I never imagined, or for a long time even wanted, a house. I grew up knowing every place was temporary. In fact, I made sure not to tie myself down with possessions or a job or relationships. I needed to know I could always move on.
Buried in my subconscious, I believed my only hope was to be free. Freedom meant no ties. If I was unhappy in a job, I quit. When I didn’t get along with my roommate, I got a different one. If I’d grown tired of the city where I lived, I moved to another. Freedom to leave was all important to me.
Only it didn’t make me happy. I was so busy changing my life, I never managed to have a life.
Plant a seed, water and weed
So here I am now in my garden. Making a life, I think, can be as simple as this. Plant a seed. Water and weed. Watch the small shoots peek up through the soil and grow bigger.
That is what I do now. I plant a seed and learn to make a meal. I stand in my kitchen and marvel at its modern conveniences, having lived in so many haphazard places most of my life.
The small blue Toyota I drive sits in the driveway next to my husband’s newer silver one. Sometimes when I drive to the supermarket, I feel as if another woman has taken control of my car. As I leave the store and walk through the parking lot, I palm my keys, the way other women I always envied did.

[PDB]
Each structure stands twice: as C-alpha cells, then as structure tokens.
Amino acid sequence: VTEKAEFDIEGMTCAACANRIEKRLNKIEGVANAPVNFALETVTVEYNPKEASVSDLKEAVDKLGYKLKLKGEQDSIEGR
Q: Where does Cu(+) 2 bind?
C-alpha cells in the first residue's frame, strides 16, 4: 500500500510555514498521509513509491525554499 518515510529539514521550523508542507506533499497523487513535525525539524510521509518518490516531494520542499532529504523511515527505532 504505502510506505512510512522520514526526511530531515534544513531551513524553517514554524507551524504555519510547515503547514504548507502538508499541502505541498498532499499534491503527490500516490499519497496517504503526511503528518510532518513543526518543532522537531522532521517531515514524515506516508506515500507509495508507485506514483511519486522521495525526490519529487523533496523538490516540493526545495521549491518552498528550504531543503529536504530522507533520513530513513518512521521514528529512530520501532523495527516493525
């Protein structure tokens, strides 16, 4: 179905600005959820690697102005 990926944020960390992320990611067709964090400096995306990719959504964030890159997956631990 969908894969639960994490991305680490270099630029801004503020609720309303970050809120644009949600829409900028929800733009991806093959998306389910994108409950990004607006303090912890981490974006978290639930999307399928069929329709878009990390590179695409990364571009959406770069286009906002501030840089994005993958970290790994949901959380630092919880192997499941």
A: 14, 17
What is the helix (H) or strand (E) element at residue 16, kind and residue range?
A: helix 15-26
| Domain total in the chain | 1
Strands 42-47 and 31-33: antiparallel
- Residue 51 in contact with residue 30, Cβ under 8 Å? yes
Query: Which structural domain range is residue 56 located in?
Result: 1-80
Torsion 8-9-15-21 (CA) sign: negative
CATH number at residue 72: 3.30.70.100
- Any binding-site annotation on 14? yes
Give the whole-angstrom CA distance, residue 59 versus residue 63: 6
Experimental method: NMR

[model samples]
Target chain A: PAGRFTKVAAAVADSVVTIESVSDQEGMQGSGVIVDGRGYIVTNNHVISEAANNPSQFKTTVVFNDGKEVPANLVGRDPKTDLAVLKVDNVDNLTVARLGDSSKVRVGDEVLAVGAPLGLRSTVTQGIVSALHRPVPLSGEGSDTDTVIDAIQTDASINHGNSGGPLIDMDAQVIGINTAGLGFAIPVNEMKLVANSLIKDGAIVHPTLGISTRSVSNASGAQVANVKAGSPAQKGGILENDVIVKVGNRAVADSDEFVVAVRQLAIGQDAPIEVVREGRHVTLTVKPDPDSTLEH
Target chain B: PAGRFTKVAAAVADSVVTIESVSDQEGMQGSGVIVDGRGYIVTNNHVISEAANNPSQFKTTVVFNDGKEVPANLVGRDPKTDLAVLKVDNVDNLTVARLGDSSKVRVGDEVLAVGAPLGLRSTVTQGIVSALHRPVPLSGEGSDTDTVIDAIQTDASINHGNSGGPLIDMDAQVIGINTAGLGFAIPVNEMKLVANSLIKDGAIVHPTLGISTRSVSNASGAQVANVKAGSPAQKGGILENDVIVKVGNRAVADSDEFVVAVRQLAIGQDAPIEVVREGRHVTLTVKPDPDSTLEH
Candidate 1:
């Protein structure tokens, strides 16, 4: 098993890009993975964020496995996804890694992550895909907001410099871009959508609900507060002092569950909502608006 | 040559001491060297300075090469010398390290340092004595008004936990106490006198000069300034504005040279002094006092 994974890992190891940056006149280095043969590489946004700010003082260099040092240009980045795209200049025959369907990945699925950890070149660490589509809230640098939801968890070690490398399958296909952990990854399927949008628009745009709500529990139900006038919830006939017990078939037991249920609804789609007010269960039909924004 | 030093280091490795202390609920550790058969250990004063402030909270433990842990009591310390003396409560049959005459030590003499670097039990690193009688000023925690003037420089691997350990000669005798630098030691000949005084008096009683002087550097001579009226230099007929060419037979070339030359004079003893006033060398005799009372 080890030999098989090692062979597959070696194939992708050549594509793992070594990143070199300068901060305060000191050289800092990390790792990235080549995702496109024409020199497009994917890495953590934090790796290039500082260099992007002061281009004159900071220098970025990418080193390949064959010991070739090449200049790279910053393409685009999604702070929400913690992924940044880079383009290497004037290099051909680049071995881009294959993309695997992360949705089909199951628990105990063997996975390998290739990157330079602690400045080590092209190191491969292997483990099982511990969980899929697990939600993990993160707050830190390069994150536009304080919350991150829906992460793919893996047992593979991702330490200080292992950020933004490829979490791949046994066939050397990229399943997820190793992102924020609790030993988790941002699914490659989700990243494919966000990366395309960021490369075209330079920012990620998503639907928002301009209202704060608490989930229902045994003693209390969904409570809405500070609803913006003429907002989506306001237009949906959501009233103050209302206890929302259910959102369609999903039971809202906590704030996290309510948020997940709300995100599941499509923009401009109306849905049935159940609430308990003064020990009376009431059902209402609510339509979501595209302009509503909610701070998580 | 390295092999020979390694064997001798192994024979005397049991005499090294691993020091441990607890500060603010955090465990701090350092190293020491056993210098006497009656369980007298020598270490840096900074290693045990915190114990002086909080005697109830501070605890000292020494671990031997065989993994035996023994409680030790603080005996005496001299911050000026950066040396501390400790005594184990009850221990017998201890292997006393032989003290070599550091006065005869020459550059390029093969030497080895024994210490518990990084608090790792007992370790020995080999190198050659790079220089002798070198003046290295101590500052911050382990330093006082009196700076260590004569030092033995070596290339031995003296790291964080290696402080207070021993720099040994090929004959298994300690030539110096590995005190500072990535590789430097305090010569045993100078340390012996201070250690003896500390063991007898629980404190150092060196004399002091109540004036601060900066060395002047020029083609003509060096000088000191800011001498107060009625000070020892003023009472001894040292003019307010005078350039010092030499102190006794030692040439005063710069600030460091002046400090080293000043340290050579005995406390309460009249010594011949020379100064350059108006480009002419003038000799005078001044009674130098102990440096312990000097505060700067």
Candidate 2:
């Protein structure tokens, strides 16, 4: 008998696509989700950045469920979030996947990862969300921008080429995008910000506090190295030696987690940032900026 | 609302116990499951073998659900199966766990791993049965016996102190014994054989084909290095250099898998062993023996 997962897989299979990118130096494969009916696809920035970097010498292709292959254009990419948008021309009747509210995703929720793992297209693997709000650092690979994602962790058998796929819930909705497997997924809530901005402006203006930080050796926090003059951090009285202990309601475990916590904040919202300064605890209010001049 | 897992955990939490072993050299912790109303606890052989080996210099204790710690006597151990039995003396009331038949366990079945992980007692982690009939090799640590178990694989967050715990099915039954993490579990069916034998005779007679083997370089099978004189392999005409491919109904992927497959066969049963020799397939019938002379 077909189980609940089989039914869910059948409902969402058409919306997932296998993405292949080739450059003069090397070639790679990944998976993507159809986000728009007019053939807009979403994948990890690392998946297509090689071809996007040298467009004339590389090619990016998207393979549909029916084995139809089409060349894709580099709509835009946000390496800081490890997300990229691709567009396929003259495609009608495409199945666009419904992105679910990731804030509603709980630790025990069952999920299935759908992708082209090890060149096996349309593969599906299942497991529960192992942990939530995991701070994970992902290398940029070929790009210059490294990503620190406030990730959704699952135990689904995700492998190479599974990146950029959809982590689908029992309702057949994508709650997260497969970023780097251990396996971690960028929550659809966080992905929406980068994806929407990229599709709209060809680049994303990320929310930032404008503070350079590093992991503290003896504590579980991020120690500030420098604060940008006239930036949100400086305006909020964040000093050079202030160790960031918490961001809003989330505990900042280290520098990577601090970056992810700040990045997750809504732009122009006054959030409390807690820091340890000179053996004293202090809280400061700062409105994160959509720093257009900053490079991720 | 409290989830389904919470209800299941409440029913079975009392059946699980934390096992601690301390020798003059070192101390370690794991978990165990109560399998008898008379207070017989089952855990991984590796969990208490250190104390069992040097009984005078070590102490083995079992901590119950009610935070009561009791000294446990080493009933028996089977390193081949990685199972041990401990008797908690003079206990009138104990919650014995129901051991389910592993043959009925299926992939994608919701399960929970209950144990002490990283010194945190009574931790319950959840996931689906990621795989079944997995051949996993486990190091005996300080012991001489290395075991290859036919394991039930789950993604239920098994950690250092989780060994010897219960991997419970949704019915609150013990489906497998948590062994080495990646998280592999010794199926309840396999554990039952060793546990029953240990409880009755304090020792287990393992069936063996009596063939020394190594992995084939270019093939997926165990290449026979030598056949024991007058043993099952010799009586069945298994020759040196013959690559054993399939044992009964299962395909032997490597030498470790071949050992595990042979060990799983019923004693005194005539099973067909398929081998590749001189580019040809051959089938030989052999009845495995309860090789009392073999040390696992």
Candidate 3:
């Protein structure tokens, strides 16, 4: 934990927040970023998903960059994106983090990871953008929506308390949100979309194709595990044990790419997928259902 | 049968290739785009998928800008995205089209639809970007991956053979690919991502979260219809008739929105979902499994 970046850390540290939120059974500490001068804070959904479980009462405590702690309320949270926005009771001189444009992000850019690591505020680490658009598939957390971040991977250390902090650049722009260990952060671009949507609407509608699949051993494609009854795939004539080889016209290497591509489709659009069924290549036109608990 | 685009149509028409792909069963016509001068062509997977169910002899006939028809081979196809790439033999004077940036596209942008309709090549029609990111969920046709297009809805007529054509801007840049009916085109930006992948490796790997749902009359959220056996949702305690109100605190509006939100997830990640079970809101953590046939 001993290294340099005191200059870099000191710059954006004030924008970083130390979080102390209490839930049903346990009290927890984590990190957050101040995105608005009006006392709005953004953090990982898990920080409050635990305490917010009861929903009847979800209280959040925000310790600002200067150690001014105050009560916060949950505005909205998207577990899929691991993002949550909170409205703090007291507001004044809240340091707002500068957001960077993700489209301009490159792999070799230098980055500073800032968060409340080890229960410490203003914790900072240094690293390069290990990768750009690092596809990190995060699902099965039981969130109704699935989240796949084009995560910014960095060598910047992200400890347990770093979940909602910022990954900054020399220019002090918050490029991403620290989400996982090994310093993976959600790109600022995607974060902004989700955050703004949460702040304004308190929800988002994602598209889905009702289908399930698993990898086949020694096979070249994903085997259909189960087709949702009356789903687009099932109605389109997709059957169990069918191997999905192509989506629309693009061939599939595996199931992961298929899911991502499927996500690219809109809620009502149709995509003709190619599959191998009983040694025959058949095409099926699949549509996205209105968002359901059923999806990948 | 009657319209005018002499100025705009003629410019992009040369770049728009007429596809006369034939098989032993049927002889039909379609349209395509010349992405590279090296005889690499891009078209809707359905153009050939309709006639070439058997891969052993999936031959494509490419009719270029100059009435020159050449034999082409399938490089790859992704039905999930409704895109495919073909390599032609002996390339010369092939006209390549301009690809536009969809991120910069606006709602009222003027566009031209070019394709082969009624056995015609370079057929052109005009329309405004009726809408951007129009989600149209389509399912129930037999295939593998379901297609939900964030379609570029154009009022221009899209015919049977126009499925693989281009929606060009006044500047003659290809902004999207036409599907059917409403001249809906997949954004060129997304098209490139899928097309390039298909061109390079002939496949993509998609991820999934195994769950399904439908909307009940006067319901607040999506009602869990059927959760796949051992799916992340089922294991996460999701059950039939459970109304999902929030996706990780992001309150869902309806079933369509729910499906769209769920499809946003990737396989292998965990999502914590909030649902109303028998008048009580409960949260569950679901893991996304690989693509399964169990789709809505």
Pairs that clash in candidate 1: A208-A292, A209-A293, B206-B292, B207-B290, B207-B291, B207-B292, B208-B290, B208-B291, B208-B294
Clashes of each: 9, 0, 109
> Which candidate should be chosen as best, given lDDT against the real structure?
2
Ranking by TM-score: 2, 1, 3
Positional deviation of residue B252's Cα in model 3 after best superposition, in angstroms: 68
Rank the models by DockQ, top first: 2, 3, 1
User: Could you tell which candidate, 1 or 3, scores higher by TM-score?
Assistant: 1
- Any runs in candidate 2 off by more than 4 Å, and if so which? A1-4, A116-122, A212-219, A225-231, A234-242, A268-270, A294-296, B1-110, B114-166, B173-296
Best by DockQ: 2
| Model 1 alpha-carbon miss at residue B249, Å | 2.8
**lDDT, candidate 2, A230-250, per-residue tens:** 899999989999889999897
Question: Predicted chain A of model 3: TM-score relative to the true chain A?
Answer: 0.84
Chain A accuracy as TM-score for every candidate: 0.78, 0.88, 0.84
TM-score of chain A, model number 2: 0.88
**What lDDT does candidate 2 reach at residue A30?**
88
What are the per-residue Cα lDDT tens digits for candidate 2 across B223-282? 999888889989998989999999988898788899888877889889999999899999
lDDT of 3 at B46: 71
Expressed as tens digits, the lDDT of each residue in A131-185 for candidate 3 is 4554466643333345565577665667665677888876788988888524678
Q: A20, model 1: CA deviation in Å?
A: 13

To recover is never to forget how far you’ve come, even when you still have such a long way to travel. It’s easy to get tangled up in what could have been, especially for a mind such as mine, so comfortable feeling sorry for itself feeling sorry. At times, I have to picture myself the moment before I realized I needed help. I was sitting in my bedroom, hardly bigger than a walk-in closet, and it was dark, with only one small narrow window at the end of the bed. The light was muted and gray, in part because the city where I lived, San Francisco, was frequently foggy, but also because the window looked out on the feet-wide space between my building and the one next door.
Recovery shouldn’t be measured in things, and yet, I never had them before. Cabinets are now bursting with white porcelain plates and matching cups and pans I use to cook, using liberal handfuls of herbs I pick from my garden. I stand in front of the sink chopping cucumber and tomatoes for a salad, and step aside for a moment to observe. I look like an advertisement for a life, with a nifty new gas range and dishwashing liquid that’s supposed to make my glasses sparkle.
Recovery is never taking anything for granted, even sitting in the small bedroom my husband Richard and I facetiously refer to as the media room. There, black folding TV trays in front of us, Richard is talking over the movie as he always does and I’m getting annoyed. I jokingly scold him to quiet down, telling him to “put a sock in it,” knowing that he won’t. And yet I also know I will go on loving him, as he will keep loving me, for what I’m certain every day is beginning to resemble a life more and more.